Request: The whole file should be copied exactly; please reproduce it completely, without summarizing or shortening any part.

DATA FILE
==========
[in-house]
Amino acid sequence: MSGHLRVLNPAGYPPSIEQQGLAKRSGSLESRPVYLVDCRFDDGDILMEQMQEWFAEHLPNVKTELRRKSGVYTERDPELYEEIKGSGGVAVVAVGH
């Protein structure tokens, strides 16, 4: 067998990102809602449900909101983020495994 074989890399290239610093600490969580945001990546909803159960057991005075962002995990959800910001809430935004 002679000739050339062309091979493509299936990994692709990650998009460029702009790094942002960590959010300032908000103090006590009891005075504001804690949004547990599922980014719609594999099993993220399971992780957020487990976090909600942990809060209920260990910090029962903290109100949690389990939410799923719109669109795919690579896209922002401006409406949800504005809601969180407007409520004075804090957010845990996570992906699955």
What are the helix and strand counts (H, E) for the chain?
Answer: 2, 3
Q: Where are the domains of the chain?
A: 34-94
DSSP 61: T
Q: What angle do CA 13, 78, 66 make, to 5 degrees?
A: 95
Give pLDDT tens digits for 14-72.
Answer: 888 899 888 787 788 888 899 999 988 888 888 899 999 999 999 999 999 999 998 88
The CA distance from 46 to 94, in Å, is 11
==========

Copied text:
[in-house]
Amino acid sequence: MSGHLRVLNPAGYPPSIEQQGLAKRSGSLESRPVYLVDCRFDDGDILMEQMQEWFAEHLPNVKTELRRKSGVYTERDPELYEEIKGSGGVAVVAVGH
């Protein structure tokens, strides 16, 4: 067998990102809602449900909101983020495994 074989890399290239610093600490969580945001990546909803159960057991005075962002995990959800910001809430935004 002679000739050339062309091979493509299936990994692709990650998009460029702009790094942002960590959010300032908000103090006590009891005075504001804690949004547990599922980014719609594999099993993220399971992780957020487990976090909600942990809060209920260990910090029962903290109100949690389990939410799923719109669109795919690579896209922002401006409406949800504005809601969180407007409520004075804090957010845990996570992906699955």
What are the helix and strand counts (H, E) for the chain?
Answer: 2, 3
Q: Where are the domains of the chain?
A: 34-94
DSSP 61: T
Q: What angle do CA 13, 78, 66 make, to 5 degrees?
A: 95
Give pLDDT tens digits for 14-72.
Answer: 888 899 888 787 788 888 899 999 988 888 888 899 999 999 999 999 999 999 998 88
The CA distance from 46 to 94, in Å, is 11